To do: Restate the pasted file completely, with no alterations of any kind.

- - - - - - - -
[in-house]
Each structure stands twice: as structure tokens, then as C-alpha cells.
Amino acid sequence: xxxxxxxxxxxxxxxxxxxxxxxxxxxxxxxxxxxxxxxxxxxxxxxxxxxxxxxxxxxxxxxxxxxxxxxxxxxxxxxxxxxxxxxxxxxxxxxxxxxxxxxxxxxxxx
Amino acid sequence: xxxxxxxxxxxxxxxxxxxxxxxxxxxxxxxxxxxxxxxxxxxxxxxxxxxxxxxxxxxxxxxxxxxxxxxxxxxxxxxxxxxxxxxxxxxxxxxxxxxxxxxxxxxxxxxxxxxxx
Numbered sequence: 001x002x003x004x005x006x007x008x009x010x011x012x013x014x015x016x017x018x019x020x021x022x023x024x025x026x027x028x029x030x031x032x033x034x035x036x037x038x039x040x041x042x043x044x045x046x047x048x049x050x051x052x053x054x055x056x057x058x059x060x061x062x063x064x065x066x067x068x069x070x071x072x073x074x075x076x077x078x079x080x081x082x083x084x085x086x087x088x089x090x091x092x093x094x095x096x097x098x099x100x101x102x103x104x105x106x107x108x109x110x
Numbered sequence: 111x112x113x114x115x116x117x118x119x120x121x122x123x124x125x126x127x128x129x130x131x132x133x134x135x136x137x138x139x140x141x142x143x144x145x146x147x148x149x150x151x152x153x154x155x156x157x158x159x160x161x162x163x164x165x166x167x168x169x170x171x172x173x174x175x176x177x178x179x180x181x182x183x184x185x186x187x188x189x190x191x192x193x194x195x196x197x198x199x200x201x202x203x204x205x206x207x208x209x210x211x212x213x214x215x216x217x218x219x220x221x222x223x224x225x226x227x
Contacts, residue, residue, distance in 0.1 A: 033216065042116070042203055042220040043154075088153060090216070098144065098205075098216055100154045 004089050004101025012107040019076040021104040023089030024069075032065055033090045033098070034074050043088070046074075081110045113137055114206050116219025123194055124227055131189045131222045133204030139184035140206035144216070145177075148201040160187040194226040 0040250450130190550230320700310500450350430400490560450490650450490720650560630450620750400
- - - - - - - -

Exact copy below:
[in-house]
Each structure stands twice: as structure tokens, then as C-alpha cells.
Amino acid sequence: xxxxxxxxxxxxxxxxxxxxxxxxxxxxxxxxxxxxxxxxxxxxxxxxxxxxxxxxxxxxxxxxxxxxxxxxxxxxxxxxxxxxxxxxxxxxxxxxxxxxxxxxxxxxxx
Amino acid sequence: xxxxxxxxxxxxxxxxxxxxxxxxxxxxxxxxxxxxxxxxxxxxxxxxxxxxxxxxxxxxxxxxxxxxxxxxxxxxxxxxxxxxxxxxxxxxxxxxxxxxxxxxxxxxxxxxxxxxx
Numbered sequence: 001x002x003x004x005x006x007x008x009x010x011x012x013x014x015x016x017x018x019x020x021x022x023x024x025x026x027x028x029x030x031x032x033x034x035x036x037x038x039x040x041x042x043x044x045x046x047x048x049x050x051x052x053x054x055x056x057x058x059x060x061x062x063x064x065x066x067x068x069x070x071x072x073x074x075x076x077x078x079x080x081x082x083x084x085x086x087x088x089x090x091x092x093x094x095x096x097x098x099x100x101x102x103x104x105x106x107x108x109x110x
Numbered sequence: 111x112x113x114x115x116x117x118x119x120x121x122x123x124x125x126x127x128x129x130x131x132x133x134x135x136x137x138x139x140x141x142x143x144x145x146x147x148x149x150x151x152x153x154x155x156x157x158x159x160x161x162x163x164x165x166x167x168x169x170x171x172x173x174x175x176x177x178x179x180x181x182x183x184x185x186x187x188x189x190x191x192x193x194x195x196x197x198x199x200x201x202x203x204x205x206x207x208x209x210x211x212x213x214x215x216x217x218x219x220x221x222x223x224x225x226x227x
Contacts, residue, residue, distance in 0.1 A: 033216065042116070042203055042220040043154075088153060090216070098144065098205075098216055100154045 004089050004101025012107040019076040021104040023089030024069075032065055033090045033098070034074050043088070046074075081110045113137055114206050116219025123194055124227055131189045131222045133204030139184035140206035144216070145177075148201040160187040194226040 0040250450130190550230320700310500450350430400490560450490650450490720650560630450620750400